“The president never views a near-miss as an opportunity for reflection and reformation. He sees it as permission to indulge his every urge,” Gerson wrote in a new column for The Washington Post.
“And his most consistent urge has been to seek unfair advantage in the upcoming presidential election,” he continued. “The months between Senate acquittal and the November vote will be fertile ground for further cheating.”
Gerson also called out the “barefaced bad faith” of Republican senators in the impeachment trial who have complained there’s “nothing new” in the case Democrats are making against Trump, while simultaneously “actively opposing the introduction of new evidence and new testimony.”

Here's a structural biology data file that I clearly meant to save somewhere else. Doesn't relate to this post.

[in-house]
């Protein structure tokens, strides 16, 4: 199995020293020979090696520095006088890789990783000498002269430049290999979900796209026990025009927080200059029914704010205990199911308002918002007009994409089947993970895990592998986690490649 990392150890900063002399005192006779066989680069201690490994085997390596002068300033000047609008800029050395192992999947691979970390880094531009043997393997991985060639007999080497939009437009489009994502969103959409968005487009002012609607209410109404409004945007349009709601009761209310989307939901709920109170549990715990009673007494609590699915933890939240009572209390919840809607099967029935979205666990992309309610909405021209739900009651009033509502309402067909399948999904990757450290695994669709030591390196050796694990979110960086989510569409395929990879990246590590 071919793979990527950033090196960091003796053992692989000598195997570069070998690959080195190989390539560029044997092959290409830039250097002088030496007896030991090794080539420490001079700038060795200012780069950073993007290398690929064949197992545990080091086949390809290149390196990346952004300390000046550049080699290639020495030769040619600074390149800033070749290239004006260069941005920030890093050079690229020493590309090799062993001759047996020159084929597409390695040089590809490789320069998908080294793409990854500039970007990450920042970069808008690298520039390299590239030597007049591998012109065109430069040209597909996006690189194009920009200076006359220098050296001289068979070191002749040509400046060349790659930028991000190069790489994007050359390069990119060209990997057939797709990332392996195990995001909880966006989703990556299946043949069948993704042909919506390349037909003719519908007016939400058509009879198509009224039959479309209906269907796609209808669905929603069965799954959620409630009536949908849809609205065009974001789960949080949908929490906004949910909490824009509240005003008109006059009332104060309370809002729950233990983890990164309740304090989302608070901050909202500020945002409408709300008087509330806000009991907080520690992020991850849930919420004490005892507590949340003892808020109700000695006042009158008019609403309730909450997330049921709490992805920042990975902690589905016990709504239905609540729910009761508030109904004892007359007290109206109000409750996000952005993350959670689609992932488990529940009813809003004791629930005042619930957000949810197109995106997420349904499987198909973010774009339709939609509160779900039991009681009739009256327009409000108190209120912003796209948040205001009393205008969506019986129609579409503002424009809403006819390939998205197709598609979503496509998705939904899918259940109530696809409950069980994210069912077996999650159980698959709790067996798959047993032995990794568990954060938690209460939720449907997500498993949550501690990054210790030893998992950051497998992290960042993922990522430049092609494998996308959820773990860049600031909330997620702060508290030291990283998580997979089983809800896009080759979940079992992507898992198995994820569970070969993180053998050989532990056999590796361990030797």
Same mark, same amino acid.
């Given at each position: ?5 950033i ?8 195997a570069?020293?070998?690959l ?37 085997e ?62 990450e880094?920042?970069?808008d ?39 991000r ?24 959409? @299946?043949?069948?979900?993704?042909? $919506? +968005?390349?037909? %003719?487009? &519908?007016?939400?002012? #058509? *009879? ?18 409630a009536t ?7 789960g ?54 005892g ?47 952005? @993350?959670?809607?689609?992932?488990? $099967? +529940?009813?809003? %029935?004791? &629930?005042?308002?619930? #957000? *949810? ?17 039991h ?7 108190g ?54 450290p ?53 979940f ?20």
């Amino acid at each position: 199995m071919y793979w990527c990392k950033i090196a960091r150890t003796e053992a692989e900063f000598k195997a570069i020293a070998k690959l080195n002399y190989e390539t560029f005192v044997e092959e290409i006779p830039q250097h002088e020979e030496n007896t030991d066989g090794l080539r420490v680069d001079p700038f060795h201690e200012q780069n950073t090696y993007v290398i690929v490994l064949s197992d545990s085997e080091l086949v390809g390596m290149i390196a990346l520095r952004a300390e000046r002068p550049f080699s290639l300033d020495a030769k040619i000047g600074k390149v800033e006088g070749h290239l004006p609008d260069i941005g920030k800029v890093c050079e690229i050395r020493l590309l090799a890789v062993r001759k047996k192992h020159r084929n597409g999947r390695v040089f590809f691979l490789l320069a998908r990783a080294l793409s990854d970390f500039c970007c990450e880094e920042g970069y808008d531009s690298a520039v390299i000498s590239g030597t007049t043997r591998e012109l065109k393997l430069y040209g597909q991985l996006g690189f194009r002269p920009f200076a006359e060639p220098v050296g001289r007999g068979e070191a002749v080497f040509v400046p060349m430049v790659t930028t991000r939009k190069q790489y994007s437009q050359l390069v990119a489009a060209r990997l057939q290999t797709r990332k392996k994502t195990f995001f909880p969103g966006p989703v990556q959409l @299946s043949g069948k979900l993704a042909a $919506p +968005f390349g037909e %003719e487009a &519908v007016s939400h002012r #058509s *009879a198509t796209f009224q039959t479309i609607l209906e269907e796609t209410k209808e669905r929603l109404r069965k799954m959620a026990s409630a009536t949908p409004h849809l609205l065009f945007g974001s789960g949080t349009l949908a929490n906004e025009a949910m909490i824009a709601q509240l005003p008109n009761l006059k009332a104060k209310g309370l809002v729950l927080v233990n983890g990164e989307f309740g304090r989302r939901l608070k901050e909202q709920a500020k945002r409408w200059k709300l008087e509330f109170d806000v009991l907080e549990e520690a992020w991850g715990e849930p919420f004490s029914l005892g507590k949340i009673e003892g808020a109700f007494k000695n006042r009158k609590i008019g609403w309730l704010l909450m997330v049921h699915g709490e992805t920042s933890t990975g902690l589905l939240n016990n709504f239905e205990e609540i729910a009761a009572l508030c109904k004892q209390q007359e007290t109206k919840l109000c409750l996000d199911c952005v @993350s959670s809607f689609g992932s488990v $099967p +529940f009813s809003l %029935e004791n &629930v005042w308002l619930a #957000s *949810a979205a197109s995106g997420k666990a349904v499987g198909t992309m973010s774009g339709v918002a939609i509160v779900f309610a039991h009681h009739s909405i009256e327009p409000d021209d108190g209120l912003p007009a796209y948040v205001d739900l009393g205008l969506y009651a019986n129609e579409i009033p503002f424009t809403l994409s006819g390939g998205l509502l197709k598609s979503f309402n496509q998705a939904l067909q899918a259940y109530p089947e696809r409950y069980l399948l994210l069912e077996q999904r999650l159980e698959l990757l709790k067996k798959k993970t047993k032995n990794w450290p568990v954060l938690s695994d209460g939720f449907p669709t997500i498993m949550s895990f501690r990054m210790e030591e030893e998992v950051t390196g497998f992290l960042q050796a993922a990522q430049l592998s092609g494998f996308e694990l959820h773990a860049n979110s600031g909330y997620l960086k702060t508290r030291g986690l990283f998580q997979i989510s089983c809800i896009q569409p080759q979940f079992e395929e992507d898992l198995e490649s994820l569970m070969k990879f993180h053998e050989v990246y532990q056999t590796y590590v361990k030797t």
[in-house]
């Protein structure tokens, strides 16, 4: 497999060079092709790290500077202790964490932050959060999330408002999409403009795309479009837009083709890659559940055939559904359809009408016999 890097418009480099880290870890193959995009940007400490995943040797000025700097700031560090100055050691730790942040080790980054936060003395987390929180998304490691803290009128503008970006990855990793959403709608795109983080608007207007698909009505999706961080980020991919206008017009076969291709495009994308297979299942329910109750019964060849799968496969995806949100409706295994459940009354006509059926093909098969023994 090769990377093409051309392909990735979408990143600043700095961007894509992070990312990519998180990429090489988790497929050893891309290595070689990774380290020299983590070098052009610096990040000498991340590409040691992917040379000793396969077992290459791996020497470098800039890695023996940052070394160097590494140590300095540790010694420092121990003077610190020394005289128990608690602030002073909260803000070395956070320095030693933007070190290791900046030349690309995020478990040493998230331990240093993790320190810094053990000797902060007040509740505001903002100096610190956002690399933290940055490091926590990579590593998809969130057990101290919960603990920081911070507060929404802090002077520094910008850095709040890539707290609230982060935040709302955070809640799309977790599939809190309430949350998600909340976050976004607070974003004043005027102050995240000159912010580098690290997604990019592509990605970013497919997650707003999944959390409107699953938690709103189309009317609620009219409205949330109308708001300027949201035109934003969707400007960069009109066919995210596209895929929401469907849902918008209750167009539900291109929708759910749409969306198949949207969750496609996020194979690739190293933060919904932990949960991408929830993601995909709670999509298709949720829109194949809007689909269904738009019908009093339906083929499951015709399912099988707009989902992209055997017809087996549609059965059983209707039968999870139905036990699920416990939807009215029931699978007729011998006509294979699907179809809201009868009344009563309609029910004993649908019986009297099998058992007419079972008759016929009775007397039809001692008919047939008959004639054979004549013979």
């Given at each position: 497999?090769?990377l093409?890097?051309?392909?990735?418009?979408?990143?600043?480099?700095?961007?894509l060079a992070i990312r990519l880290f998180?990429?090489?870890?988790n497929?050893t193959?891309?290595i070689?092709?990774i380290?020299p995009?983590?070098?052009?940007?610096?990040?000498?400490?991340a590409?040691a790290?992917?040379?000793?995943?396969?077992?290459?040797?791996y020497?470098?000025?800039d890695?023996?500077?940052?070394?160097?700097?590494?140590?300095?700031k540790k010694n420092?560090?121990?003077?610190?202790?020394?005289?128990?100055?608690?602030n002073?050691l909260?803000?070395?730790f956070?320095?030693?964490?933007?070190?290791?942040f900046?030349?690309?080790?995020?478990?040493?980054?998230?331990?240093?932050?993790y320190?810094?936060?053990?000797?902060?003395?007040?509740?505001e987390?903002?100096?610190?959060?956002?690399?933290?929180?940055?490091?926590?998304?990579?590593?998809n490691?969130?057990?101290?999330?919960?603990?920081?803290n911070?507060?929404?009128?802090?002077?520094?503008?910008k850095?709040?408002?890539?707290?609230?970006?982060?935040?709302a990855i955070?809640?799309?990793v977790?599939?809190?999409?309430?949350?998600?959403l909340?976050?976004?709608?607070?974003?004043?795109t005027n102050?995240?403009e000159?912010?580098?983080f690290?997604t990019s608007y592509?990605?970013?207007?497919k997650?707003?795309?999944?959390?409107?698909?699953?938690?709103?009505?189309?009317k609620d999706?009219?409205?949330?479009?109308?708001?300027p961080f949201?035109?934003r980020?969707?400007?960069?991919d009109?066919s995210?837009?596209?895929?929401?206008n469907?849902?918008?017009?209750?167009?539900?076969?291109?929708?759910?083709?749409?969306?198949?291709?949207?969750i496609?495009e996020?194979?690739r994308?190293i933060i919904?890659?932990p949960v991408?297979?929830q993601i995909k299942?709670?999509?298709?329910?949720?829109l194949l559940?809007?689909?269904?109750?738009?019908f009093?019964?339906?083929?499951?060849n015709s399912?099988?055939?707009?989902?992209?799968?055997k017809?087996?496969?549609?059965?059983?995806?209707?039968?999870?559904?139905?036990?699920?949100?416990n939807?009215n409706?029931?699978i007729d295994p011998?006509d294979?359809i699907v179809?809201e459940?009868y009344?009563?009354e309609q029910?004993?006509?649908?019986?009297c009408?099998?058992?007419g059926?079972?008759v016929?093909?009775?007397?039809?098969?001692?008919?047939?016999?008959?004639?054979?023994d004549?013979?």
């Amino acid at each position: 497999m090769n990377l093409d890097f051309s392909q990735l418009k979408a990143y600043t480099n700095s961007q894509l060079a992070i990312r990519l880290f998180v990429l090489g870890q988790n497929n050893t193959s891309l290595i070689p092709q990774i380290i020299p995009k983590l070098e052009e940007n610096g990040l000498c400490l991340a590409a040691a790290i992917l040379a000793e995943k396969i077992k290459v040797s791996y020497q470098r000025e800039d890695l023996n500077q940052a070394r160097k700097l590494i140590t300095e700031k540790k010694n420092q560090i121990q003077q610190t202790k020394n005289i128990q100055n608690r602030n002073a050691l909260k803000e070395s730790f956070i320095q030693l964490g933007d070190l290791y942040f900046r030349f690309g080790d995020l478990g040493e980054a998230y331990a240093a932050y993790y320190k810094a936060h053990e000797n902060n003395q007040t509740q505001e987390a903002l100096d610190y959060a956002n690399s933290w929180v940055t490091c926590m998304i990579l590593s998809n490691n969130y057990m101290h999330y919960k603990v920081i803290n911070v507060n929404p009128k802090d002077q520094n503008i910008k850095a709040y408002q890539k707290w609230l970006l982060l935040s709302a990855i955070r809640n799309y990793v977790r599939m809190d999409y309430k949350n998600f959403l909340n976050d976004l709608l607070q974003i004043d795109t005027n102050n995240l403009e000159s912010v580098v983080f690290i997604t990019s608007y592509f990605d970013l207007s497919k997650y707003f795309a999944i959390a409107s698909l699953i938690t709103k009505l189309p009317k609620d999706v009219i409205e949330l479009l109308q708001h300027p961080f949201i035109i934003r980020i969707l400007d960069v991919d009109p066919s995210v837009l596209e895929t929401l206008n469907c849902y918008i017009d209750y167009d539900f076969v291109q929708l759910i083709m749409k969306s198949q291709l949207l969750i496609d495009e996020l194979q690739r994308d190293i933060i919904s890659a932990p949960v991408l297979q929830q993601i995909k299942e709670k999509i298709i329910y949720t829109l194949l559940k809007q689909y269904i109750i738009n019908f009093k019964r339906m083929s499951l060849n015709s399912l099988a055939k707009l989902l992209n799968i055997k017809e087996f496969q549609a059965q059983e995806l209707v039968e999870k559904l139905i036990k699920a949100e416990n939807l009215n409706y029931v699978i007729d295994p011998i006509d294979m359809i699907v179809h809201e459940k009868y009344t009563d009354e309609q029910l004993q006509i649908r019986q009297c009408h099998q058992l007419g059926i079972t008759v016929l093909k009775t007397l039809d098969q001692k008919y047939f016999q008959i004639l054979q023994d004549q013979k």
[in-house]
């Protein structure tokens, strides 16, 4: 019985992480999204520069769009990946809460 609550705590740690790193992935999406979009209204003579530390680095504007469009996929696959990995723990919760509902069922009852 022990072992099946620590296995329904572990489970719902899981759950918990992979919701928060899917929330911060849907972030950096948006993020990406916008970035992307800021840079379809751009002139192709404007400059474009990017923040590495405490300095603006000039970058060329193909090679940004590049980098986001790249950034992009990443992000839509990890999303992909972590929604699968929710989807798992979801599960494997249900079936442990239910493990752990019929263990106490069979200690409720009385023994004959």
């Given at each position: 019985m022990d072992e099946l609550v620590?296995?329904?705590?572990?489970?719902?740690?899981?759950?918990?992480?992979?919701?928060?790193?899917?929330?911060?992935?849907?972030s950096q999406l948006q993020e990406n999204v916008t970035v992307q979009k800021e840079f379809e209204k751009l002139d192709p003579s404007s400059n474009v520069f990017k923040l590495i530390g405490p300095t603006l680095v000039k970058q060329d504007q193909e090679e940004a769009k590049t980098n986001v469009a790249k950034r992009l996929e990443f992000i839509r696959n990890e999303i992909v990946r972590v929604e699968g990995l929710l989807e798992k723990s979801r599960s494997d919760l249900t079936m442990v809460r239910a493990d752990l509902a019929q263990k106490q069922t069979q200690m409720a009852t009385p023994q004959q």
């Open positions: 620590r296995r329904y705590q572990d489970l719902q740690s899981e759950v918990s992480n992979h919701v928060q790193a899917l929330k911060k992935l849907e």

“In this matter, elected Republicans are mainly serving, not the president, and certainly not the republic, but themselves,” Gerson wrote. “Having decided that no amount of evidence would be sufficient for conviction, they realize that the presentation of a full and compelling case would convict them of servility and institutional surrender. So a quick and dirty Senate trial is the best way to limit the exposure of their malpractice.”